Full-spectrum CBD oil means the extract contains cannabis-derived terpenes and trace amounts of cannabinoids such as THC. Broad-spectrum also includes other cannabis compounds but has had THC removed during the processing phase. CBD isolate is a pure crystalline powder containing only CBD.

Most reputable CBD producers typically include the following information on their CBD product labels:

  • Amount of active CBD per serving.
  • Supplement Fact panel, including other ingredients.
  • Net weight.
  • Manufacturer or distributor name.
  • Suggested use.
  • Full-spectrum, broad-spectrum, or isolate.
  • Batch or date code.

Is CBD oil legal in Georgia? Copy article link to clipboard. Link copied to clipboard. Contents What is CBD? Why is CBD sometimes illegal? Georgia CBD laws Where to

CBD oil as medicine: The promise and the risks

Metro Atlanta resident Becky Ferguson says she started using non-addictive cannabis oil because she hoped it would ease her chronic pain.

The result was not quite what she expected.

“It might have helped a little bit [with the pain], but I am getting a tremendous reduction in anxiety,” says Ferguson, who is in her late 50s.

Ferguson says she’s calmer and better able to deal with stress than she has ever been in her life. “I have a much higher quality of life,” she says.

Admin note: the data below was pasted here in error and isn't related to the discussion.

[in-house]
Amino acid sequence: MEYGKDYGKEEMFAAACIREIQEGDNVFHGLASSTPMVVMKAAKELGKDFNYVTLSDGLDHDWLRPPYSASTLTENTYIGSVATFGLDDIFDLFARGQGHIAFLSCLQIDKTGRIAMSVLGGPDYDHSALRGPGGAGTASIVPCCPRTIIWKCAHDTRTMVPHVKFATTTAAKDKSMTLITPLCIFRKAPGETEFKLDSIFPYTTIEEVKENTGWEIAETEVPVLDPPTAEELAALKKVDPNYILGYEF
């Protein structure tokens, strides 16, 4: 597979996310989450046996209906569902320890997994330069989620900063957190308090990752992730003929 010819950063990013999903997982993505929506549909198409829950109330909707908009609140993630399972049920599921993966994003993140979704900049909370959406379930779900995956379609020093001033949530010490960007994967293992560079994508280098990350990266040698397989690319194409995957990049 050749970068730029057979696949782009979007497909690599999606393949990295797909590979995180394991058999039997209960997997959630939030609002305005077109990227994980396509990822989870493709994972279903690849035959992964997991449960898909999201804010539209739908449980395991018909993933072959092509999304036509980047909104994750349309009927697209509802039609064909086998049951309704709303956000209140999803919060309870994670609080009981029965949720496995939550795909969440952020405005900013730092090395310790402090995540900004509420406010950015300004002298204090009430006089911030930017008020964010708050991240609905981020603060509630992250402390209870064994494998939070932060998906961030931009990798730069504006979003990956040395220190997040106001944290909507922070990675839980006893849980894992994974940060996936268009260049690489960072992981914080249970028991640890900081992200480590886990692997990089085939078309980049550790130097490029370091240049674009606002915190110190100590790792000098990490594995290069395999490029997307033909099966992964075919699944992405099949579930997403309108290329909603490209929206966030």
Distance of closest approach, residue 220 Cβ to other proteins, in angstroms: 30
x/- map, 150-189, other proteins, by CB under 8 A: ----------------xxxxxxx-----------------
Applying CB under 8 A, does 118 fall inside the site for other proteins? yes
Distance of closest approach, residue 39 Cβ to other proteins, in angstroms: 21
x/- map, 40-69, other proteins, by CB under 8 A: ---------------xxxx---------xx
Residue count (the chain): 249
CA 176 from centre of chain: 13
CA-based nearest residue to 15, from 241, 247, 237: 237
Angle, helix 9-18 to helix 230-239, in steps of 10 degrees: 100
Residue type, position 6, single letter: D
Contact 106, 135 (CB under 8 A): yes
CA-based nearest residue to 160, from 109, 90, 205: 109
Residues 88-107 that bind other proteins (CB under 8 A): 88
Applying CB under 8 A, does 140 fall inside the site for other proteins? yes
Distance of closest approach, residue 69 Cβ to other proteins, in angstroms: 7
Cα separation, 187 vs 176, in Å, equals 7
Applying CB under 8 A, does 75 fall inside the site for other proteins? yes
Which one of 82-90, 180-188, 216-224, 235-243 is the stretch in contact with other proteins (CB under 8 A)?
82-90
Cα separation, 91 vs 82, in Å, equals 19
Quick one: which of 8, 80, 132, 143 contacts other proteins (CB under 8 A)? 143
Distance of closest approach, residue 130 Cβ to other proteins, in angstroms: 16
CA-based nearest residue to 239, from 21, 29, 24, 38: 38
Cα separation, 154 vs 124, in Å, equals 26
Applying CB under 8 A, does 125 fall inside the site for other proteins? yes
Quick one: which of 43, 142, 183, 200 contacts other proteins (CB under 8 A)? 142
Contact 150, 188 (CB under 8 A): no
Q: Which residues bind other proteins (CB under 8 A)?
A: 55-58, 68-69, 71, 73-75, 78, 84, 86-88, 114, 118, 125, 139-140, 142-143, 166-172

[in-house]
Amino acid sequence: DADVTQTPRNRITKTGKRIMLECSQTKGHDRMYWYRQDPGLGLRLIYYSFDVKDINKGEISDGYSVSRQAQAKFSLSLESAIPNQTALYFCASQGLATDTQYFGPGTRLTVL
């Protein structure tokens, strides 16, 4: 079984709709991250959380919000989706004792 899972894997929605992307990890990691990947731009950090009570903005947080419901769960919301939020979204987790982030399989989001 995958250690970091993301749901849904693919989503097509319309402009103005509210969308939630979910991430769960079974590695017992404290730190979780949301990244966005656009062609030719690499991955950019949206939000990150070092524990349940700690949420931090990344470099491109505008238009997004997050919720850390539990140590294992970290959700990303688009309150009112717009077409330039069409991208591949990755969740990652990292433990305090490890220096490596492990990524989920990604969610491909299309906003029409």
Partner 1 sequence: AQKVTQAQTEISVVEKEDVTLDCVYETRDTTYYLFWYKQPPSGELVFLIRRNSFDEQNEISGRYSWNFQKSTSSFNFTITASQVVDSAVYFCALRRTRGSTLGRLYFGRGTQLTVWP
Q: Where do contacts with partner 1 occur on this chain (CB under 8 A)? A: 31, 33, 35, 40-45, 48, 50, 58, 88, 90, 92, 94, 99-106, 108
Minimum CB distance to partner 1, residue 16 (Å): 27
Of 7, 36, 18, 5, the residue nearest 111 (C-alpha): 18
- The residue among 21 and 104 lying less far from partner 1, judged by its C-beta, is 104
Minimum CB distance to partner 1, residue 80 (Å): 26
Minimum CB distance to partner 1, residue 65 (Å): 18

Yet there are also health warnings about CBD oil (cannabidiol) and hemp-derived products.

When it comes to hemp and cannabis, there is much confusion among the public about labels, because of how science and the law define these substances. For the average person, it’s almost like having too many cousins with the same first name.

Another source of confusion is that recreational use and medical use of marijuana — though they are different things — are both gaining legal and social acceptance in the United States.

CBD oil is derived from the hemp plant, which is a cousin of the marijuana plant. While CBD is a component of marijuana (cannabis), it does not make a person “high.”

People generally can obtain it easily in stores across the country.

Some researchers differentiate hemp from marijuana by pointing to THC, which is the psychoactive ingredient in marijuana. (In other words, it’s what causes the high.) Cannabis plants that produce THC at a concentration higher than 0.3% are labeled “cannabis,” while those that produce less than that are labeled “hemp.”

The nationwide legal status of CBD changed fairly recently. The Hemp Farming Act of 2018 proposed to remove hemp from the Schedule 1 list of controlled substances, making it an ordinary agricultural commodity. The act’s provisions were incorporated into the Farm Bill that became law last December.

Do you know what you’re getting?

Hemp is a promising product for farmers.

A 2018 Forbes article said that spending on legal cannabis worldwide is expected to hit $57 billion by 2027. The adult-use (recreational) market will cover 67 percent of the spending, and medical uses will take up the remaining 33 percent.

U.S. Senate Majority Leader Mitch McConnell, who is from the largely agricultural state of Kentucky, ensured that the federal Farm Bill passed. In Georgia, another state where farming is very important, Gov. Brian Kemp supported the recent Hemp Farming Act. It allows for the production and sale of hemp products, but only by “licensed farmers.” Every state is making its own farming rules.